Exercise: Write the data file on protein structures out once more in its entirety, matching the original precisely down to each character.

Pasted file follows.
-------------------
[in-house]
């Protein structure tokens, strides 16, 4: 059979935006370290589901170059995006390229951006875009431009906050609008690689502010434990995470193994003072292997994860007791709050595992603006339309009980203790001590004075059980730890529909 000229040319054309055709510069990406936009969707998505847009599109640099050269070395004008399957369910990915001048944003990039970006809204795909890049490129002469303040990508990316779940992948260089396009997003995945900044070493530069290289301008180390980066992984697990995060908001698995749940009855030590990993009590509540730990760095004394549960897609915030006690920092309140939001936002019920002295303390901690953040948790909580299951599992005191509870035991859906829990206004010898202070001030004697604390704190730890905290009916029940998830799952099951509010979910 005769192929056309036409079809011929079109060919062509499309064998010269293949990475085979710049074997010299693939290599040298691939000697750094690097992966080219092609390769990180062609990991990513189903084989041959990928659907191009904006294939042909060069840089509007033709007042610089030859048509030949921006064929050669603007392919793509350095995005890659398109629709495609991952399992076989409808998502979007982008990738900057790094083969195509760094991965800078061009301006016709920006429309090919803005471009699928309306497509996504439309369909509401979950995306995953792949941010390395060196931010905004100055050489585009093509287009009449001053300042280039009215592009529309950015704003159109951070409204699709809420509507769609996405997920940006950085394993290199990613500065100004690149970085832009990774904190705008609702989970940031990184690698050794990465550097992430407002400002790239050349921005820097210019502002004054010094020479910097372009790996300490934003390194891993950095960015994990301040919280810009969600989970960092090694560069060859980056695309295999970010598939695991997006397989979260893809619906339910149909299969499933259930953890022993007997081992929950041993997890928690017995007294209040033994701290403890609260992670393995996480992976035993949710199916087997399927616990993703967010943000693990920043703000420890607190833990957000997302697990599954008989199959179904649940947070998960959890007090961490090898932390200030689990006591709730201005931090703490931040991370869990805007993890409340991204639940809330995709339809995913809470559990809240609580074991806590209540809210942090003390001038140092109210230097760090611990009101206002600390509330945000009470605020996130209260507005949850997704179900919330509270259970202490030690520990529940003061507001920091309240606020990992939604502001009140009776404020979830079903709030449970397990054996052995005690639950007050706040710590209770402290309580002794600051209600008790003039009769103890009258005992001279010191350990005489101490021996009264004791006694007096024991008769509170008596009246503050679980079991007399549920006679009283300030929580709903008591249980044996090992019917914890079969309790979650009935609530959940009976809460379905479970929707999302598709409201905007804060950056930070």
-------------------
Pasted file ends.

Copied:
[in-house]
């Protein structure tokens, strides 16, 4: 059979935006370290589901170059995006390229951006875009431009906050609008690689502010434990995470193994003072292997994860007791709050595992603006339309009980203790001590004075059980730890529909 000229040319054309055709510069990406936009969707998505847009599109640099050269070395004008399957369910990915001048944003990039970006809204795909890049490129002469303040990508990316779940992948260089396009997003995945900044070493530069290289301008180390980066992984697990995060908001698995749940009855030590990993009590509540730990760095004394549960897609915030006690920092309140939001936002019920002295303390901690953040948790909580299951599992005191509870035991859906829990206004010898202070001030004697604390704190730890905290009916029940998830799952099951509010979910 005769192929056309036409079809011929079109060919062509499309064998010269293949990475085979710049074997010299693939290599040298691939000697750094690097992966080219092609390769990180062609990991990513189903084989041959990928659907191009904006294939042909060069840089509007033709007042610089030859048509030949921006064929050669603007392919793509350095995005890659398109629709495609991952399992076989409808998502979007982008990738900057790094083969195509760094991965800078061009301006016709920006429309090919803005471009699928309306497509996504439309369909509401979950995306995953792949941010390395060196931010905004100055050489585009093509287009009449001053300042280039009215592009529309950015704003159109951070409204699709809420509507769609996405997920940006950085394993290199990613500065100004690149970085832009990774904190705008609702989970940031990184690698050794990465550097992430407002400002790239050349921005820097210019502002004054010094020479910097372009790996300490934003390194891993950095960015994990301040919280810009969600989970960092090694560069060859980056695309295999970010598939695991997006397989979260893809619906339910149909299969499933259930953890022993007997081992929950041993997890928690017995007294209040033994701290403890609260992670393995996480992976035993949710199916087997399927616990993703967010943000693990920043703000420890607190833990957000997302697990599954008989199959179904649940947070998960959890007090961490090898932390200030689990006591709730201005931090703490931040991370869990805007993890409340991204639940809330995709339809995913809470559990809240609580074991806590209540809210942090003390001038140092109210230097760090611990009101206002600390509330945000009470605020996130209260507005949850997704179900919330509270259970202490030690520990529940003061507001920091309240606020990992939604502001009140009776404020979830079903709030449970397990054996052995005690639950007050706040710590209770402290309580002794600051209600008790003039009769103890009258005992001279010191350990005489101490021996009264004791006694007096024991008769509170008596009246503050679980079991007399549920006679009283300030929580709903008591249980044996090992019917914890079969309790979650009935609530959940009976809460379905479970929707999302598709409201905007804060950056930070």